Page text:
From the movie An American President (1995):
President Andrew Shepherd: If we had to go through a character debate three years ago, would we have won?
A.J.: I don’t know. But I would have liked that campaign. If my friend Andy Shepherd had shown up, I would have liked that campaign very much.
* * *
I got a small taste yesterday — let’s call it a tantalizing morsel — of the type of 2008 presidential campaign I would very much like to see. It came from a video TPM posted, which combines John McCain’s recent ridicule of Barack Obama for supposedly minimizing the threat posed by Iran with Obama’s counterattack against McCain and Bush.
If you haven’t watched it, take a few minutes to do so.
I hope it’s a preview of the election to come.
I will admit that there is one ignoble and hyperpartisan aspect to my feeling this way, which relates to my satisfaction with the pathetic quality of McCain’s general appearance and demeanor on the video. He comes across like a caricature of a grumpy old man. As you watch him, it’s remarkably easy to form the mental image of McCain standing on his front porch yelling at children playing across the street: “You damn kids stop making so much noise over there or I’ll call the police on you!”
That’s a John McCain I wouldn’t mind seeing every day for the rest of the campaign.
But it isn’t just McCain’s demeanor that comes across as old and dried out in the clip — it’s the substance of what he has to say. He really does want to preside over George W. Bush’s third term. The same old tired rhetoric of fear. The same old empty tough talk.
Compared to McCain’s prune like performance, the Obama portion of the video is the clichéd breath of fresh air. I’m no Obama groupie. He’s a politician — and, as such, his stands on political issues are often something less than courageous.
But on the immensely important issue of breaking America’s addiction to a simplistic tough guy “shooting first is always best” view of foreign affairs, his words are almost breathtaking. This is something radical — not in terms of the policy views themselves which are consistent with the consensus among experts — but in terms of political calculation.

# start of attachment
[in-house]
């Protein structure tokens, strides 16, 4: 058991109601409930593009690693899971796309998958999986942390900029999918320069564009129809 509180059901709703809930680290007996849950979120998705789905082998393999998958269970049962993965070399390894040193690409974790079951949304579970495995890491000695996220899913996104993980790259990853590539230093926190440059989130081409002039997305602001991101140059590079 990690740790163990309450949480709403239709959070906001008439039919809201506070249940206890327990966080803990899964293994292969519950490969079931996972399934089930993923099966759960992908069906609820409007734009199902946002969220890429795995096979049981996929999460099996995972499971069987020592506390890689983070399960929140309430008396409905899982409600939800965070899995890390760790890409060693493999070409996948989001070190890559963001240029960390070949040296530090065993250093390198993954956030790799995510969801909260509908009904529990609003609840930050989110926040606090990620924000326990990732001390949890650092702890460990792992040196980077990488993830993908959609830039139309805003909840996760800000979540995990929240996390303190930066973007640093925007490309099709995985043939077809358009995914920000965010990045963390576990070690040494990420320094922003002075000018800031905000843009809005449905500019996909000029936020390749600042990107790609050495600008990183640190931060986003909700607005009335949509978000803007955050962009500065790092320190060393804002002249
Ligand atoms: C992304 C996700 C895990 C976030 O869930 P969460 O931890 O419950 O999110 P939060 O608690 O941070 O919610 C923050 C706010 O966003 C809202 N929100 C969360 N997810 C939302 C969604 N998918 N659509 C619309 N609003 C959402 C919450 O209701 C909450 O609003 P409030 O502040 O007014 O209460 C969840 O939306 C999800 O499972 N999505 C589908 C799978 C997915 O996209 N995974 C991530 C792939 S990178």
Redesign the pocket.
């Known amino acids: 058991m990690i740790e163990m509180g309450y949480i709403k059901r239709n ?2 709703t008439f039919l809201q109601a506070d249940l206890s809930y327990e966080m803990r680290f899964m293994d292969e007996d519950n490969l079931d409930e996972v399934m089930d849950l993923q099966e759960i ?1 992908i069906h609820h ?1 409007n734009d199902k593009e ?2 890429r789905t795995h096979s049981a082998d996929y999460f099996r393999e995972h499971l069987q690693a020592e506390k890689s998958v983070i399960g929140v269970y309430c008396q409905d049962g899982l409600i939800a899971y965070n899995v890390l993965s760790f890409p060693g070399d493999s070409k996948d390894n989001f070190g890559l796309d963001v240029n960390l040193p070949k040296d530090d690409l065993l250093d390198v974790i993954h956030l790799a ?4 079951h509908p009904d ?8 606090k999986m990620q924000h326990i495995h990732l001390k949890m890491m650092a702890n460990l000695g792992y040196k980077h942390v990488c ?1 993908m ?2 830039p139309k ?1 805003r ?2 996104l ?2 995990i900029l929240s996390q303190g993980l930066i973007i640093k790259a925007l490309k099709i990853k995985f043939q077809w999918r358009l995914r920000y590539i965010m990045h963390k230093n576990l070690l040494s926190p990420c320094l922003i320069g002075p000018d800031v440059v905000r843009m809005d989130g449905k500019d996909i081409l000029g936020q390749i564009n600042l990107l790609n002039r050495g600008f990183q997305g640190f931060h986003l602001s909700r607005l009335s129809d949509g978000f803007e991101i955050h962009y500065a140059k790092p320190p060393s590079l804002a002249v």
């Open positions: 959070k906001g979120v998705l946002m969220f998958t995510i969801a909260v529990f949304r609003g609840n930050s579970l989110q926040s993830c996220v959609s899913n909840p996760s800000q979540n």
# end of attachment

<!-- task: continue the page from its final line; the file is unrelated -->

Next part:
For over a generation now, the political conventional wisdom has followed Bill Clinton’s famous words, “When people are insecure, they’d rather have somebody who is strong and wrong than someone who’s weak and right.” Obama now proposes to turn this dictum on its head — not by embracing weakness, of course — but by embracing smartness in the form of an openness to dialog.
Part of being smart, Barack Obama challenges us, is the willingness to talk, not just to our friends, but also to our bitterest enemies.
That’s a position that scares a lot of Democratic politicos who worry that the GOP may yet succeed in painting Obama as weak. Hell, it scares me a little. But my gut (and a lot of polling) tells me that the American people are willing to listen to a candidate who preaches a return to diplomacy, instead of more of the same old Bush-style reflexive bullying.
But either way, I would like that campaign. I would like that campaign very much